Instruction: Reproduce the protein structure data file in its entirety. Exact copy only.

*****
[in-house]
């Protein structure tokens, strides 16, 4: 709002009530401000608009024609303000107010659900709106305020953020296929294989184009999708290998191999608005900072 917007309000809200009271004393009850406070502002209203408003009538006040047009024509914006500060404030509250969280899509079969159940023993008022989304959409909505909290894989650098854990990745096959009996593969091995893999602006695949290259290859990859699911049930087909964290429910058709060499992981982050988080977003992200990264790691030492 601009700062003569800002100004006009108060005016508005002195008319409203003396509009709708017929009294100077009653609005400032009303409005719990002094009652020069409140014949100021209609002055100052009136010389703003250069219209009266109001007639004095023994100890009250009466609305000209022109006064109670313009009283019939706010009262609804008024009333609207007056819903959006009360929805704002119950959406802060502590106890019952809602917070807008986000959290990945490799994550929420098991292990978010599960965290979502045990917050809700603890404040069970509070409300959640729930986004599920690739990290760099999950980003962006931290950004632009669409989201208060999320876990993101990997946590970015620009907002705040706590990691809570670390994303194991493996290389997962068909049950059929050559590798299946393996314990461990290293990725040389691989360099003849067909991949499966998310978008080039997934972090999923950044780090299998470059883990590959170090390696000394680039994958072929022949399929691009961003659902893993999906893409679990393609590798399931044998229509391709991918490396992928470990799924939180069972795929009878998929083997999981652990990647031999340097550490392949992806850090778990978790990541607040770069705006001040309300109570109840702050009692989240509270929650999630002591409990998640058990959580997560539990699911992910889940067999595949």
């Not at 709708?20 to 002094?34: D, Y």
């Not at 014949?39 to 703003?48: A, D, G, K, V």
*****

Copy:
[in-house]
């Protein structure tokens, strides 16, 4: 709002009530401000608009024609303000107010659900709106305020953020296929294989184009999708290998191999608005900072 917007309000809200009271004393009850406070502002209203408003009538006040047009024509914006500060404030509250969280899509079969159940023993008022989304959409909505909290894989650098854990990745096959009996593969091995893999602006695949290259290859990859699911049930087909964290429910058709060499992981982050988080977003992200990264790691030492 601009700062003569800002100004006009108060005016508005002195008319409203003396509009709708017929009294100077009653609005400032009303409005719990002094009652020069409140014949100021209609002055100052009136010389703003250069219209009266109001007639004095023994100890009250009466609305000209022109006064109670313009009283019939706010009262609804008024009333609207007056819903959006009360929805704002119950959406802060502590106890019952809602917070807008986000959290990945490799994550929420098991292990978010599960965290979502045990917050809700603890404040069970509070409300959640729930986004599920690739990290760099999950980003962006931290950004632009669409989201208060999320876990993101990997946590970015620009907002705040706590990691809570670390994303194991493996290389997962068909049950059929050559590798299946393996314990461990290293990725040389691989360099003849067909991949499966998310978008080039997934972090999923950044780090299998470059883990590959170090390696000394680039994958072929022949399929691009961003659902893993999906893409679990393609590798399931044998229509391709991918490396992928470990799924939180069972795929009878998929083997999981652990990647031999340097550490392949992806850090778990978790990541607040770069705006001040309300109570109840702050009692989240509270929650999630002591409990998640058990959580997560539990699911992910889940067999595949």
């Not at 709708?20 to 002094?34: D, Y």
């Not at 014949?39 to 703003?48: A, D, G, K, V």